Tuesday, November 06, 2007

Moving China on Darfur

November 6, 2007

China has a reputation for being impervious to outside pressure. But perhaps even this mountain can be moved. A pointed question posed to Steven Spielberg in an op-ed published in these pages may be influencing Beijing's foreign policy.

Many are aware of the human tragedy in Darfur in western Sudan -- more than 200,000 people have died and 2.5 million have been displaced, mainly because of attacks by the Janjaweed, Arab militias armed and supported by the Khartoum government. Fewer know that China has fueled the conflict and kept the world community from protecting the victims. China's unquenchable need for foreign energy makes it Sudan's largest foreign investor and most important international supporter. The state-owned China National Petroleum Corporation has invested at least $5 billion in Sudan, which supplies 7% of China's oil.

China is also Sudan's largest arms supplier, and according to a recent U.N. investigation, the source of most weapons used to attack civilians in Darfur. Although the U.S. government and many others have called Darfur a genocide, China has blocked multinational efforts to deal with it, opposing economic sanctions, an arms embargo and the dispatch of a U.N. peacekeeping force to the region.

On March 28, this newspaper published an op-ed by actress Mia Farrow and her son1, Yale law student Ronan Farrow, which branded the 2008 Olympic Games in Beijing the "Genocide Olympics" because of China's role in blocking international efforts to address Darfur. The op-ed targeted film director Steven Spielberg, who in April 2006 agreed to serve as an artistic consultant for the Beijing Games. The Farrows warned that Mr. Spielberg would "go down in history as the Leni Riefenstahl of the Beijing Games" unless he helped push Beijing to change its policy of supporting Sudan's opposition to sending a robust U.N. peacekeeping force to Darfur. Mr. Spielberg responded with a tough letter to Chinese President Hu Jintao, threatening to quit as artistic adviser if Beijing did not act.

Mr. Spielberg wrote to President Hu: "I believe there is no greater crime against humanity than genocide. I feel strongly that every member of the world community has a moral and ethical responsibility to act to prevent such crimes, to eliminate the conditions in which they are bred and to combat them wherever they exist. . . . There is no question in my mind that the government of Sudan is engaged in a policy [in Darfur] which is best described as genocide."

Mr. Spielberg spoke out because he is concerned about genocide, and he has a reputation to protect. He directed the widely-revered Holocaust epic "Schindler's List," and is the founder of the Shoah Foundation Institute at the University of Southern California, a documentary archive of 52,000 video testimonies of Holocaust survivors from 56 countries.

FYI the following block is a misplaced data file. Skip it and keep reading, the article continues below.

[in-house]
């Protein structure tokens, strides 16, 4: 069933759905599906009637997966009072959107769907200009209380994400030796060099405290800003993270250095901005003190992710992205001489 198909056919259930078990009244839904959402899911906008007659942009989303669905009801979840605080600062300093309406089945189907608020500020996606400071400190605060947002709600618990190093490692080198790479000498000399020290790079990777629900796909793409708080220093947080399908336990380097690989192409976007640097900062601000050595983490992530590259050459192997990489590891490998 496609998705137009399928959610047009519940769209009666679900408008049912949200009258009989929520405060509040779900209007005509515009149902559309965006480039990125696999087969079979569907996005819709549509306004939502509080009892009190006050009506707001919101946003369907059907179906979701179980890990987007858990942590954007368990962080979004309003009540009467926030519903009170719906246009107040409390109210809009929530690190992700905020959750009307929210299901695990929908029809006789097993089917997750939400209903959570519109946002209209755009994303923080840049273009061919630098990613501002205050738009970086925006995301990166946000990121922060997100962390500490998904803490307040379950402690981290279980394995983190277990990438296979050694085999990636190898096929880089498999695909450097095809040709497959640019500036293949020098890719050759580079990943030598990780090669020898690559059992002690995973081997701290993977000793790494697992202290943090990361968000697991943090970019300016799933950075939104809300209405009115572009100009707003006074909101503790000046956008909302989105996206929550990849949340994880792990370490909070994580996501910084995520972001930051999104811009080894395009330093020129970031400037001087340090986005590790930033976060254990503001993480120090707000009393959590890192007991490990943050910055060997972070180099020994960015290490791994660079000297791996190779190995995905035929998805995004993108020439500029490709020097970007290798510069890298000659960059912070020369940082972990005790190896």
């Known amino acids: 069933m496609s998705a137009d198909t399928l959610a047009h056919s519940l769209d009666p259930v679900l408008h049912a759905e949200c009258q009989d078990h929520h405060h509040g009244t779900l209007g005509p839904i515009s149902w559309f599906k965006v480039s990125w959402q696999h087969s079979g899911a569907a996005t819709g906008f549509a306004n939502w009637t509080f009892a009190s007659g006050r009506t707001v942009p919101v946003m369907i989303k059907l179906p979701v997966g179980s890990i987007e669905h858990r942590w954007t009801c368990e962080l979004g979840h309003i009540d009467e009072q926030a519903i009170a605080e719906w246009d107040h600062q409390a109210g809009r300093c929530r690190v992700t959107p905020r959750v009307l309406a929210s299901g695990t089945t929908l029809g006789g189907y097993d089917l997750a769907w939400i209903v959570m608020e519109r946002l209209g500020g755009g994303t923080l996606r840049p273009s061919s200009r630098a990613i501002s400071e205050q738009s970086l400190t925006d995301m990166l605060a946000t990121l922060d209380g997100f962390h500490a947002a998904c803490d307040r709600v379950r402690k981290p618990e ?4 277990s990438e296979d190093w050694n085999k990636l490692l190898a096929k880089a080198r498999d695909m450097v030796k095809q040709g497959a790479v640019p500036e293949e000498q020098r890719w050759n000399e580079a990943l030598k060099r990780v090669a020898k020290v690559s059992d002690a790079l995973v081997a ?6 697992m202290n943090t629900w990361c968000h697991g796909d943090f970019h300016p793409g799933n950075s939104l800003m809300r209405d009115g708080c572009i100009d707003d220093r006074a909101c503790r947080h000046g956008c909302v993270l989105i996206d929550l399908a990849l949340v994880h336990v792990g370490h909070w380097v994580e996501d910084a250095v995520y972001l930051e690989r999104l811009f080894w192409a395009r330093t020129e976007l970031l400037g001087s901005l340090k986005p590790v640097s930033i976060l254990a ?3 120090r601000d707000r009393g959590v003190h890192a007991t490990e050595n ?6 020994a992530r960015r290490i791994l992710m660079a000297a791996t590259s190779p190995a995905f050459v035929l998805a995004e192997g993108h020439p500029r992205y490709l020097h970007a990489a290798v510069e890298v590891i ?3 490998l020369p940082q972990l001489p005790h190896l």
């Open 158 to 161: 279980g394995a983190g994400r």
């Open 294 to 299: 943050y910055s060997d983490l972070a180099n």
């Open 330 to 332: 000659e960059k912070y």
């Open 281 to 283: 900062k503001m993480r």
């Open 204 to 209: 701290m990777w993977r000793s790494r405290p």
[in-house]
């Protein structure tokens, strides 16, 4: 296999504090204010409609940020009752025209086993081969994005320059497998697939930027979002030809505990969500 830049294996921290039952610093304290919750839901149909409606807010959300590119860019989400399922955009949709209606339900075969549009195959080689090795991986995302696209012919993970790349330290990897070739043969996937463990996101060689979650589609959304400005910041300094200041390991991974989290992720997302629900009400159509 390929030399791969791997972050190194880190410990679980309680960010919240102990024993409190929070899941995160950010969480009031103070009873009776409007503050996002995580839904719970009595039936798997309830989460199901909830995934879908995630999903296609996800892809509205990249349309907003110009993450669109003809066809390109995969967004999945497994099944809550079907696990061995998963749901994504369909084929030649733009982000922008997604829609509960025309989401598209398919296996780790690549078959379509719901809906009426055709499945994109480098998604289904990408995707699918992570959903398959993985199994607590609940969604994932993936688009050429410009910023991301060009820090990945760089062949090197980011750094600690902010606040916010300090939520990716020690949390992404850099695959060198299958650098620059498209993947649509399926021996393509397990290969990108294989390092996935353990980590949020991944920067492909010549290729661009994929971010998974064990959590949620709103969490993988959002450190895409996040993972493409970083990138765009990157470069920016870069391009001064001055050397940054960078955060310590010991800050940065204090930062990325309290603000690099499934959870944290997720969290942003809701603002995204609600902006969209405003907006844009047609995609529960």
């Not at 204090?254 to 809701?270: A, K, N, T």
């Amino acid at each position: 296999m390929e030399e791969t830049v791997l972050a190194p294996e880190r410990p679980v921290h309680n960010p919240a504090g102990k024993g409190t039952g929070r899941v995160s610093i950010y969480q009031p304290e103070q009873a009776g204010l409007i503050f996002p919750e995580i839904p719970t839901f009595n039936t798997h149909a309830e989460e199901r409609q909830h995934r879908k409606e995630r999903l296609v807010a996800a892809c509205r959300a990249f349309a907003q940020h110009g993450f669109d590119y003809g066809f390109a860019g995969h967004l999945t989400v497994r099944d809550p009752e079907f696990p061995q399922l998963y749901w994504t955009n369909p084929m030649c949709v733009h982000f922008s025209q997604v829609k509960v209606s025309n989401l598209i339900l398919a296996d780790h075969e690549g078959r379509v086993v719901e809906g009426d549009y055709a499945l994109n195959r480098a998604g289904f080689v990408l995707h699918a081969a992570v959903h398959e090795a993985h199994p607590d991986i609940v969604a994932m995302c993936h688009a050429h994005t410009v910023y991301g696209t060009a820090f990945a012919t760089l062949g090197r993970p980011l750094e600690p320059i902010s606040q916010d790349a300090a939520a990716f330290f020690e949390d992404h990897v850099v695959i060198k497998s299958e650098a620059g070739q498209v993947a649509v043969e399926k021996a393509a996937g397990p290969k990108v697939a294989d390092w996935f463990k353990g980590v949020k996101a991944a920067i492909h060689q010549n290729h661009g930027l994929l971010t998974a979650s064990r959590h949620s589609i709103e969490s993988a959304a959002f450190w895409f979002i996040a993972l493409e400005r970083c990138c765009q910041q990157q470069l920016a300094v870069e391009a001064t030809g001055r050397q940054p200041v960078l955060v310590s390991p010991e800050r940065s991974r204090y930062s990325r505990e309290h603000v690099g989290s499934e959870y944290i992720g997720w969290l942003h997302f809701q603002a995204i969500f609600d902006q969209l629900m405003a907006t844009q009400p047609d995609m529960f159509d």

Seasoned China observers were astonished when the Chinese acted on Mr. Spielberg's message. On April 13, the New York Times reported that China had sent a senior official, Zhai Jun, to Sudan to push the government to accept a U.N. peacekeeping force. Mr. Zhai also visited Darfur to tour three refugee camps. According to the Times, "Credit goes to Hollywood -- Mia Farrow and Steven Spielberg, in particular," citing the "crucial role" played by Ms. Farrow's campaign "to label the Games in Beijing the 'Genocide Olympics.'"

More evidence that the Farrow op-ed and the Spielberg letter were having an effect came on July 31, when China changed its long-held position in the U.N. Security Council and supported a resolution to send a peacekeeping force of 26,000 to Sudan, with enforcement authority under U.N. Charter Chapter 7.

Darfur relief groups report that 10,000 people a month die of disease, starvation or the continuing violence. Not a single U.N. peacekeeper is on the ground, three months after the Security Council voted to send them. Without a robust peacekeeping force, aid agencies cannot supply the camps in Darfur and neighboring Chad.

China needs to push Khartoum to accept the U.N.-authorized force. This calls for another strong message from Mr. Spielberg, suspending his participation in the Beijing Olympics until the U.N.-authorized force is deployed in Darfur. It is also time for the principal corporate sponsors of the Beijing games to speak out. There are more than 20 of them, and some are reportedly paying as much as $80 million to burnish the image of a country many believe is aiding and abetting a genocide. Corporate sponsors of the Beijing Olympics may also find that calling on China to act on Darfur just might make a difference.

Mr. Greathead is a lawyer in New York City and CEO of World Monitors Inc. This commentary is adapted from a chapter in the forthcoming book "China's Great Leap: The Beijing Games and Olympian Human Rights Challenges," (Seven Stories Press).

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